With the fall convocation, Durham College now boasts more than 76,000 alumni over its 49-year history.

Golden Again! DC wins their 18th OCAA women’s softball title

Durham College won their unprecedented 18th Ontario Colleges Athletic Association (OCAA) women’s softball title last weekend with an 11-6 victory over the St. Clair Saints in the gold medal game.

A week prior, Durham’s spot at the championship was in jeopardy as they sat in fifth place with eight games remaining in the regular season. The Lords reeled off seven wins over that time to qualify for the championship, where they went 3-0 outscoring their opponents 28-7 en route to the gold medal victory.

“Our bats came alive,” said head coach Jim Nemish. “The coaching staff told the girls that their pitching and defence was where we wanted it to be but they just needed to believe in themselves at the plate. Everyone started hitting and it became contagious. I am so proud of the way we rallied.”

Durham earned a berth in the gold medal game with a 10-3 win over Fanshawe and an 8-4 victory over St. Clair. The Saints beat Fanshawe 7-1 on Saturday morning to get back into gold medal contention.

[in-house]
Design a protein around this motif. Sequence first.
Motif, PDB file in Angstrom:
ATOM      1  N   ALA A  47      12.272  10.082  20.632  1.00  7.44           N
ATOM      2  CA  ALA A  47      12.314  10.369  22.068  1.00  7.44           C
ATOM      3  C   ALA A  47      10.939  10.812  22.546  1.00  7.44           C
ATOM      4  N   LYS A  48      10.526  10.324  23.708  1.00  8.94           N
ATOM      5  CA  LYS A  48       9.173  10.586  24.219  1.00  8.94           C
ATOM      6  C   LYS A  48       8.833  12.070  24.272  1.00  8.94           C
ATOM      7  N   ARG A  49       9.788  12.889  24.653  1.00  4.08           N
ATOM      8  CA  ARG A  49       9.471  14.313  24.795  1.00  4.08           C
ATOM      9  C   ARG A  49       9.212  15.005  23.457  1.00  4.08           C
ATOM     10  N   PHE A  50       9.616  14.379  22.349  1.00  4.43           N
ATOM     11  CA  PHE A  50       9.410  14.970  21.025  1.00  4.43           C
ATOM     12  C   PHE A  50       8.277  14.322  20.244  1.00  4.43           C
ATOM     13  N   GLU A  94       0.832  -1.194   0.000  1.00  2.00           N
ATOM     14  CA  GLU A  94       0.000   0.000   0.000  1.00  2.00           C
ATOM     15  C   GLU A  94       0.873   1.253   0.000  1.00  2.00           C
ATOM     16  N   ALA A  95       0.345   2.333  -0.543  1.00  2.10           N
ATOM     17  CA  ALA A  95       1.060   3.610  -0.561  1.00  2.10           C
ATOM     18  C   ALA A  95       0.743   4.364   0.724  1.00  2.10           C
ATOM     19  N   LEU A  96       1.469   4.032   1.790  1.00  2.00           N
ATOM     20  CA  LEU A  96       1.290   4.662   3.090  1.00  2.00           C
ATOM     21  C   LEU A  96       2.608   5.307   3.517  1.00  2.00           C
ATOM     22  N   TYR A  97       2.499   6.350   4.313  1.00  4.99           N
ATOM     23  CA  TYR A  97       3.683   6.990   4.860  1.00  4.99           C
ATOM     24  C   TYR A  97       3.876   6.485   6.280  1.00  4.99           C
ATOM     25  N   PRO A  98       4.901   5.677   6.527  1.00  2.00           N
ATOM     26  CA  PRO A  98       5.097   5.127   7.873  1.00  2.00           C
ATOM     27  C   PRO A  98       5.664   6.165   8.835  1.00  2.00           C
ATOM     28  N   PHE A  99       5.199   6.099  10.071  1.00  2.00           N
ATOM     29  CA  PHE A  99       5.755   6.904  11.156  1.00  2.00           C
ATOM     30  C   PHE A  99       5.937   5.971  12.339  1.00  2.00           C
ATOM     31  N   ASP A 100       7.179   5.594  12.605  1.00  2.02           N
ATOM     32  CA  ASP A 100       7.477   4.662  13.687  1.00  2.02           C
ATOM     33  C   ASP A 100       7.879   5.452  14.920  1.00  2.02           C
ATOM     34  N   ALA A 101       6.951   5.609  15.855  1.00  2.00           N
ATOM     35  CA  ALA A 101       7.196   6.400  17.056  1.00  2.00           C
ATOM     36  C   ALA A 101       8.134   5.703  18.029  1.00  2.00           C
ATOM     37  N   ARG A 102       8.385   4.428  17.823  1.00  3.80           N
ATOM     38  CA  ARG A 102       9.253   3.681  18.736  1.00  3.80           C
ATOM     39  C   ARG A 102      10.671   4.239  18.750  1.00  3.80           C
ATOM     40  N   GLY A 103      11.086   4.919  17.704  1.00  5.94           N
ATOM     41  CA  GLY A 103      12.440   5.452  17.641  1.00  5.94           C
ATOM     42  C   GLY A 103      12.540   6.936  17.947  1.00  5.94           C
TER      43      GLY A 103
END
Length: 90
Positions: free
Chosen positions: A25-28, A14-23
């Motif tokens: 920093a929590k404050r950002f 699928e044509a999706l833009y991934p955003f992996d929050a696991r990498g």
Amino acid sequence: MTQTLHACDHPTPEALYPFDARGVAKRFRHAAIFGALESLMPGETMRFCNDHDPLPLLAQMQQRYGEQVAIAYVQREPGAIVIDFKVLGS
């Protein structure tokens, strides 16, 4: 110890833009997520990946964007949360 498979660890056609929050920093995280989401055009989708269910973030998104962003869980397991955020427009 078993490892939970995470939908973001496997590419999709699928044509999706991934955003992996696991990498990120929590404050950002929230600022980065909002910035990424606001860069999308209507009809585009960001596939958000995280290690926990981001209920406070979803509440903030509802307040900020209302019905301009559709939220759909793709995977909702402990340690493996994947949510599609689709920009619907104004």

In the top of the first inning in the finals, St. Clair loaded the bases with none out. Durham managed to get two fly outs and a ground out to keep the Saints off the board.

“That was a real turning point,” said Nemish. “The game could have easily gone the other way but we managed to stay composed and escape the inning.”

Ashley Black (Waterloo, Ont.), who was the Lords hottest pitcher down the stretch, threw the complete game managing to shut down the Saints offence in the first four innings. Following the tournament she was named a championship all-star. Rebecca Ropp (Milverton, Ont.) was 3-for-4 in the championship game with two runs and four RBIs. She was named championship MVP.

Durham finishes the year with a 24-11 overall record, giving Nemish 471 career victories in 28 years on the bench.

For more information please visit durhamlords.com.

DC to host the inaugural National College Baseball Invitational

Durham College will host the top intercollegiate baseball teams in the country at the 2016 Canadian College Baseball National Championship from Thursday, October 27 to Saturday, October 29.
Six teams will participate in the championship that features 13 games over three days.
“We are very excited to host a national college baseball championship for the first time,” said Durham College athletic director Ken Babcock. “Baseball is growing throughout the country and we felt it was necessary to host a national championship at the collegiate level. With a national championship on the line, teams will be going all out on the field making for some thrilling action for fans to appreciate.”
The teams vying for the national championship will include the St. Clair Saints (Windsor, Ont.), John Abbott Islanders (Montreal, Que.), Fanshawe Falcons (London, Ont.), Holland Hurricanes (Charlottetown, P.E.I.), Humber Hawks (Toronto, Ont.), and the host Durham Lords (Oshawa, Ont.).